A momentary getting-together of sand
ON BEING PODCAST: CARLO ROVELLI, All Reality Is Interaction
16 March 2017
MS. TIPPETT: When you write about particles, you say, on the one hand, “there is no such thing as a real void,” one that is completely empty. (..) But what you say — what’s there instead, as you say, is “a world of happenings, not of things.”
DR. ROVELLI: Yes. A thing is something which remains equal to itself. A thing — a stone is a thing because I can ask where the stone is tomorrow, while a happening is something that is limited in space and time. I don’t know. A kiss is not a thing, because I cannot ask, “Where is a kiss tomorrow? Where’s this kiss tomorrow?” I mean, it’s just happened now.
MS. TIPPETT: I see. OK.
DR. ROVELLI: And I think that we don’t understand the world as made by stones, by things. We understand a world made by kisses, or things like kisses, happenings. In other words, the elementary quantities or ingredients for describing the world are not things which remain through time. They are just limited in space and time. And I think which remain through time are processes that repeat themselves. A stone is just a common flickering of electrons and things and stuff, which remains together not even forever, of course, because it goes into powder for a long time, for a while. So, to better understand the world, I think we shouldn’t reduce it to things. We should reduce it to a happening, and the happenings are always between different systems, always relations. Or always like a kiss, which is something that happens between two persons.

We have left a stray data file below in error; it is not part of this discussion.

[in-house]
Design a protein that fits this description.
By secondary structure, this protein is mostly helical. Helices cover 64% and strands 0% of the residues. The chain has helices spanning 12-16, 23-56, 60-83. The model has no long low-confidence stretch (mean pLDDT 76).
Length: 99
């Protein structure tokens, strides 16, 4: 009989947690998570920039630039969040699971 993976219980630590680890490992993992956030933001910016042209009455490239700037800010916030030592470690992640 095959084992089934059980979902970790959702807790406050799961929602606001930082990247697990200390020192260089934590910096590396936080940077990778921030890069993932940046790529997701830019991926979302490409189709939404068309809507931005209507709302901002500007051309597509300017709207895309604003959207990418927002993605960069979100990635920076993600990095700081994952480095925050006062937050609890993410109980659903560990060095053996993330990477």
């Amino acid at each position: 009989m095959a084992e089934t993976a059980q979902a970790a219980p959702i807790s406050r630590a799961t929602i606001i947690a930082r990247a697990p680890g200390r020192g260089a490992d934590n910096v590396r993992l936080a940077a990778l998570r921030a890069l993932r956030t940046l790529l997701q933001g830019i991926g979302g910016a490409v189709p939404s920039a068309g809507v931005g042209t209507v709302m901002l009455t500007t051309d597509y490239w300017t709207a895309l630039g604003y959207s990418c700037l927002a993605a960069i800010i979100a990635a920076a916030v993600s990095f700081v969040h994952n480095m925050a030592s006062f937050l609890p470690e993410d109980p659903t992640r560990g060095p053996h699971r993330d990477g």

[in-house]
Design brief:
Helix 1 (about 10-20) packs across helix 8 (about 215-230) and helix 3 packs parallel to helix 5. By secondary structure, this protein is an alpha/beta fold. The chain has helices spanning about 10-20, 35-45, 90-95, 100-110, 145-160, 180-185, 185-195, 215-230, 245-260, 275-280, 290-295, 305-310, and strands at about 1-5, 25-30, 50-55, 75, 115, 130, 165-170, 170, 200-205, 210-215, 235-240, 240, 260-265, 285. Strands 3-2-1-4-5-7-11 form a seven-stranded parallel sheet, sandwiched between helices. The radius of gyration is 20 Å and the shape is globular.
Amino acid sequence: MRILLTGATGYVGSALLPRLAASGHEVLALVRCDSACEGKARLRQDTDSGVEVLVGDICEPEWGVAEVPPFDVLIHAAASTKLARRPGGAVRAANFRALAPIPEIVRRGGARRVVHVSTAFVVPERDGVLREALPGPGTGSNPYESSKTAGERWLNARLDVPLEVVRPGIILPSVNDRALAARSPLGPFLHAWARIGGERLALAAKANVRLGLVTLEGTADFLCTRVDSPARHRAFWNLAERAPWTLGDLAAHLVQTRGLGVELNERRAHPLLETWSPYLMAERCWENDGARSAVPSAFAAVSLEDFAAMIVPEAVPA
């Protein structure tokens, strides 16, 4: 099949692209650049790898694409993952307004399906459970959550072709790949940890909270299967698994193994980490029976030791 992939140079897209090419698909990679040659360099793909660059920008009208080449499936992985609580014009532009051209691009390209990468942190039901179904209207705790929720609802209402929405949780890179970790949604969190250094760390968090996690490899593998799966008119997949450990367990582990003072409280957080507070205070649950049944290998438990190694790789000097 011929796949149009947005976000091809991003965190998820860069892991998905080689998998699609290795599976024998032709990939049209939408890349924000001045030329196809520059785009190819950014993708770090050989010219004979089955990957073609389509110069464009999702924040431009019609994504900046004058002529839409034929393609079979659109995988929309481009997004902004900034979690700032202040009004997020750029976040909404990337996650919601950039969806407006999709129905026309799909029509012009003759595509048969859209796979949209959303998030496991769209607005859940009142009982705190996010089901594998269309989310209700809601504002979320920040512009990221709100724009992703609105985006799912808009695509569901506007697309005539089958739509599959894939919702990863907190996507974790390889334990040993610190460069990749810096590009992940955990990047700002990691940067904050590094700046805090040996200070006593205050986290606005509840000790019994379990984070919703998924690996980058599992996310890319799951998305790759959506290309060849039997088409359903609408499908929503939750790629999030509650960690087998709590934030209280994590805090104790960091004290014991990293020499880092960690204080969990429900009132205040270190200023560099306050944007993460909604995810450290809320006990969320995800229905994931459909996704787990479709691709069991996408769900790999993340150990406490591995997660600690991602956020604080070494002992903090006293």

MS. TIPPETT: So, even for you, a stone is a happening, is seen in with a long expanse of time and an understanding of how it became what it is. It’s a happening, not a thing.
DR. ROVELLI: Yeah. I mean, we live 100 years, but suppose we lived a billion years. A stone would be just a moment in which some sand gets together and then it disaggregates. So it’s just a momentary getting-together of sand. The permanence of things is — it’s a matter of — we look at them for a short time with respect to their own staying-together.
(Source: On Being Podcast—Carlo Rovelli, March 16 episode, Image—Luca Tombolini)